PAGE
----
The framework on President Joe Biden’s $1.75 trillion economic and climate agenda calls for paying for the ambitious agenda in part by imposing a surcharge on corporate stock buybacks.
The outline for the spending bill, announced by the White House on Thursday, promises that the Build Back Better framework is “fully paid for.”
In addition to imposing a 15% minimum tax on companies with more than $1 billion in profits, the framework includes a 1% surcharge on corporate stock buybacks.
The surcharge could bring in significant revenue. Through the first six months of 2021 alone, S&P 500 companies repurchased $609 billion in stock, according to S&P Dow Jones Indices. Under the buyback surcharge announced by the White House, they would owe $6.1 billion.
Companies use buybacks to return extra cash to shareholders. Wall Street loves buybacks because these repurchases boost demand for shares and at the same time limit supply. They also inflate per-share profits, a key metric that drives the stock market.
Critics of buybacks, however, say many companies have abused this mechanism to the detriment of the broader economy and everyday Americans.
The framework notes that corporate executives often use buybacks “to enrich themselves rather than investing [in] workers and growing the economy.”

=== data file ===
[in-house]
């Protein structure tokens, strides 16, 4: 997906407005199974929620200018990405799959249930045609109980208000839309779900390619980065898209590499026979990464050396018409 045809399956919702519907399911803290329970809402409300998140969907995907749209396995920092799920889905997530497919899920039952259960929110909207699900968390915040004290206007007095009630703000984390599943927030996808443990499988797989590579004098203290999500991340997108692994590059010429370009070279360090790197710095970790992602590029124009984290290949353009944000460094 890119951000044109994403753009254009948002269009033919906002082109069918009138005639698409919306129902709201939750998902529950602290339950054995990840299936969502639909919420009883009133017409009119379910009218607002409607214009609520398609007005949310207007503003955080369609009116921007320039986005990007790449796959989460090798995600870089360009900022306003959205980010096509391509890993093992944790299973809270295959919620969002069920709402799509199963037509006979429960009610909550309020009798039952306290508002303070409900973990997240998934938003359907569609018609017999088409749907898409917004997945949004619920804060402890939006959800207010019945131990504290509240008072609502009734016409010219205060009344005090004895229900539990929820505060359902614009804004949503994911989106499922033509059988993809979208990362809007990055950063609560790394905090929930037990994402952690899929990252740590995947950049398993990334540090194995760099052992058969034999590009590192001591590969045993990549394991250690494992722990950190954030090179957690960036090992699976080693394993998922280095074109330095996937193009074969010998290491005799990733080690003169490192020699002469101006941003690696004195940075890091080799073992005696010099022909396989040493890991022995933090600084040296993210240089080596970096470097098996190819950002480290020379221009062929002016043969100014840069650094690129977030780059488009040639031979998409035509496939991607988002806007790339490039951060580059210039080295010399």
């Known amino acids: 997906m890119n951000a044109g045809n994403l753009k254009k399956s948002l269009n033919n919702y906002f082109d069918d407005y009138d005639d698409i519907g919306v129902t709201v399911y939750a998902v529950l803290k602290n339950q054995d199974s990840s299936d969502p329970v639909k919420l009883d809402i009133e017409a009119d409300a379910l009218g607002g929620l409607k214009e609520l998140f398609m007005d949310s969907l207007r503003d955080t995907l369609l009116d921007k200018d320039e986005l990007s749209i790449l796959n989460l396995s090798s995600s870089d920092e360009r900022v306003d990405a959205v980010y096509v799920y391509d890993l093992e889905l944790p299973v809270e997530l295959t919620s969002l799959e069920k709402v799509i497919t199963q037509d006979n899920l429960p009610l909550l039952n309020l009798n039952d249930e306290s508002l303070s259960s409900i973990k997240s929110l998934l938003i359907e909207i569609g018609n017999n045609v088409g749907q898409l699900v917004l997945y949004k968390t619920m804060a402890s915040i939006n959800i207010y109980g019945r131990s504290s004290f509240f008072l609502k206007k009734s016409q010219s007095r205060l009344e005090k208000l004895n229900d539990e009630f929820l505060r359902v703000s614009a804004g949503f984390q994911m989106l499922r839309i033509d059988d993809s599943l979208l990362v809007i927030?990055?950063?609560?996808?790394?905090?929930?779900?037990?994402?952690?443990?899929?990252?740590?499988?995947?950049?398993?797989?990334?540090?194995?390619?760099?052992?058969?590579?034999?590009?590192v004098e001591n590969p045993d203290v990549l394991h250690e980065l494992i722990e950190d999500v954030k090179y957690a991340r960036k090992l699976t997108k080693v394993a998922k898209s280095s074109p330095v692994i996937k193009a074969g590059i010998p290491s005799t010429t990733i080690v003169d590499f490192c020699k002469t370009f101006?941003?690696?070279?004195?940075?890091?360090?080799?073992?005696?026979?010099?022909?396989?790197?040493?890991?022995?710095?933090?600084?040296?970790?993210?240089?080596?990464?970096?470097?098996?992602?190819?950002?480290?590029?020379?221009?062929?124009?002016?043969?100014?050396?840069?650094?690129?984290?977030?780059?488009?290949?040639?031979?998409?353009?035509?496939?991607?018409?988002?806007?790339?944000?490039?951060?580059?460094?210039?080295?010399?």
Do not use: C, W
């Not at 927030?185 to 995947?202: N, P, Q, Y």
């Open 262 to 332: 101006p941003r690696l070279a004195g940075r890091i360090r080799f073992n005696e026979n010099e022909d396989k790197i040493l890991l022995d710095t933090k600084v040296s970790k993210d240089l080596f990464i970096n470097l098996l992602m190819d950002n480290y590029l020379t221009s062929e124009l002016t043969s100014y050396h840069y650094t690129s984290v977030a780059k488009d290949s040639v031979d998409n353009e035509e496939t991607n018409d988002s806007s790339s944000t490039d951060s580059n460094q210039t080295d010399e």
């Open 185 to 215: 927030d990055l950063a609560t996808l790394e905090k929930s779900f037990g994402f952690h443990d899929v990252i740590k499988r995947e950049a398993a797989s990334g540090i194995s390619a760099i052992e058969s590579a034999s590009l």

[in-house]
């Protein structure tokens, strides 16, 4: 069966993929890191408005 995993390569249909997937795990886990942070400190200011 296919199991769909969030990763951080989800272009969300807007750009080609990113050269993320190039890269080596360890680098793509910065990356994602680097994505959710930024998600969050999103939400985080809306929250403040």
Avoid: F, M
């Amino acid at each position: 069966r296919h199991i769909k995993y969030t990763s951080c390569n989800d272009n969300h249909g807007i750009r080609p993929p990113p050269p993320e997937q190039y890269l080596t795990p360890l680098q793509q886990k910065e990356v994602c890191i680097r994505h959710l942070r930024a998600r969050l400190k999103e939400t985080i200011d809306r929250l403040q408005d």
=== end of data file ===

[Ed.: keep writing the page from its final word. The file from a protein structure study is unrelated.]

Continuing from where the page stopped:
Just this week Facebook boosted its share buyback plan by $50 billion. Under the buyback surcharge announced by the White House, Facebook would owe $500 million.
The Trump tax cuts enacted in 2017 slashed the corporate rate to 21%, down from 35%. Although the stated purpose of the tax law was to encourage companies to invest in the real economy, business spending on factories, equipment and software did not live up to the hype. By early 2019, Bank of America declared it “the investment boom that wasn’t.”
Major companies did, however, reward shareholders by plowing excess profits into record amounts of buybacks in 2018, with each quarter setting an all-time high.
“In 2017 when taxes were cut substantially, you did not see any surge in investment spending. Instead, what you saw was a surge in stock buybacks,” Treasury Secretary Janet Yellen told lawmakers during a hearing last month.